Wheelchair Users Welcome Aboard, Just Put It With the Rest of the Luggage

I recently enquired to travel with Just Go Holidays. This is a service which provides coach trips around the country, taking away the hassle of having to drive yourself, and it’s relatively cheap. Their brochure states clearly that wheelchair users have to negotiate the steps of the vehicle and have to see to the own wheelchair being stored etc.

I am a full time wheelchair user through paraplegia and so I enquired as to their services, explained that I am unable to negotiate the steps of the coach and asked what would the provision be for me? A reasonable request I thought. Not So! I was amazed when the respondent replied that I would be declined their services because I was unable to get out of my wheelchair as per their brochure. I asked ”could they perhaps have a reciprocal arrangement with another company who has a wheelchair lift’?’ given I couldn’t access the coach via the steps.

I think we have all encountered some sort of accessibility barriers and some we just accept and live with as part and parcel of this changing world. However, this really annoyed me because their representative was adamant that their company doesn’t have to provide me with a service to comply with the Equality Act 2010. I confess I felt the manner in which I was being spoken to by their representative was a key factor in being driven to address this issue and taking it further than I normally would.

Now for me, given that one can generally now access a standard bus service as a wheelchair user and travel within our town and cities, I find it quite ironic that companies offering a service provision of holiday travel around the UK like Just Go to non-disabled people can be in direct contravention of this fundamental principle of all persons being equal and getting the same provision of service despite the Equality Act 2010.

Having put the phone down, I ventured into some research and there is a massive loophole here where Just Go and others are actually right! On the continent, it seems fairly standard that coaches offer the provision of such services with a wheelchair lift but here in this modern world within the UK, this loophole is being exploited quite blatantly.

I have relayed my experience to my MP and asked her to question the Minister for Transport on the matter at the end of January. The reply confirmed that coaches have until 2020 to make adaptations required by the Public Service Vehicle Accessibility Regulations.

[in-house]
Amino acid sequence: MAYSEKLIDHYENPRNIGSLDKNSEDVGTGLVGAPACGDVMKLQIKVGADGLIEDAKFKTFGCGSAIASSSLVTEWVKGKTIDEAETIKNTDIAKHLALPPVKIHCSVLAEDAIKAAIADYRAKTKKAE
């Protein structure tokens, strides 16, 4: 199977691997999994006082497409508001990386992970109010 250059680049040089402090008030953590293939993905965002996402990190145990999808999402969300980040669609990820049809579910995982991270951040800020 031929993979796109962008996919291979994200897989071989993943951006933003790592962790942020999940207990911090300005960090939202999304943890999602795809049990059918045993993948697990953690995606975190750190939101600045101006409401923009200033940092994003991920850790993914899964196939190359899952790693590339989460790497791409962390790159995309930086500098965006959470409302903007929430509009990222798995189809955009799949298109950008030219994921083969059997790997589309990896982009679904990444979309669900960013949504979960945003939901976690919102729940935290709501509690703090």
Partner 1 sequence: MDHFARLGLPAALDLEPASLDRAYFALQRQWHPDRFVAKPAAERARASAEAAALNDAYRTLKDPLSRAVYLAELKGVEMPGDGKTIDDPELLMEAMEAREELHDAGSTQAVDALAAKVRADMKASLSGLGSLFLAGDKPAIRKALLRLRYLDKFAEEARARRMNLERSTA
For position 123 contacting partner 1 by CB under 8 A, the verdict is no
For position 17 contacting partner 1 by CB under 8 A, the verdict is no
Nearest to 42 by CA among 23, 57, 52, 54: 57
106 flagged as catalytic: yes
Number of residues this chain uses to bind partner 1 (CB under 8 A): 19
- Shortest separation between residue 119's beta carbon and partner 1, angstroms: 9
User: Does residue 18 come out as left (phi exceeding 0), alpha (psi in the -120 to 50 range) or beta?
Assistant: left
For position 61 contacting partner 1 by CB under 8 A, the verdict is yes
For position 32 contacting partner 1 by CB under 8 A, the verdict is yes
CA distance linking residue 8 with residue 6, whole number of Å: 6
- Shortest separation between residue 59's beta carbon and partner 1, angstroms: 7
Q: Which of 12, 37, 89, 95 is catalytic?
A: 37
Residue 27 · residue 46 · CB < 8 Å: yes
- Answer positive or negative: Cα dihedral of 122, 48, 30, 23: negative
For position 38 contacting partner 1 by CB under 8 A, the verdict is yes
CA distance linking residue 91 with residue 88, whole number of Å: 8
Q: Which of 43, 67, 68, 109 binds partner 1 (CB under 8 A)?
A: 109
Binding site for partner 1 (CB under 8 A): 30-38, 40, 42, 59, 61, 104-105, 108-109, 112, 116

Given the recent publicity following the Supreme Court ruling on the Paulley vs First Bus case which ruled that it was ‘not enough to simply request’ the space be vacated for wheelchair users, I would have thought that this issue and the scope within the Equality Act 2010 for companies to exploit a loophole is a massive opportunity which should be addressed.

By John Nash

Editor’s note: Just Go did not reply to our request to comment. We note that their terms and conditions state: “You may not bring a pet or any other animal on one of our holidays.” and hope that this does not include assistance dogs.

Need a holiday from arranging a holiday? Unpack your story on Facebook, tweet us @duniteduk, or email our Editor on editor@disabilityunited.co.uk

Get Free Email Updates!

Signup now and receive an email once I publish new content.

You can unsubscribe at any time.

Previous The Case for More Inclusive Research in Sweden and Beyond
Next School Transport Must Try Harder

You might also like

Your Stories 0 Comments

See the ability not just the disability

As someone with a visual impairment and a keen interest in politics, you might think I would be buoyed by various government declarations that speak of the leap in the

Your Stories 0 Comments

Cataract Surgery Postcode Lottery

Cataracts are a clouding of the lens, a part of the eye that lies just behind the coloured iris. Relatively common over the age pf 65, cataracts also occur in

Your Stories 0 Comments

Access All Areas Message Continues To Combat Barriers

The Disability Discrimination Act 1995 and the Equality Act 2010 have been both pivotal in increasing access and opportunities for disabled people. Yet over two decades on from the implementation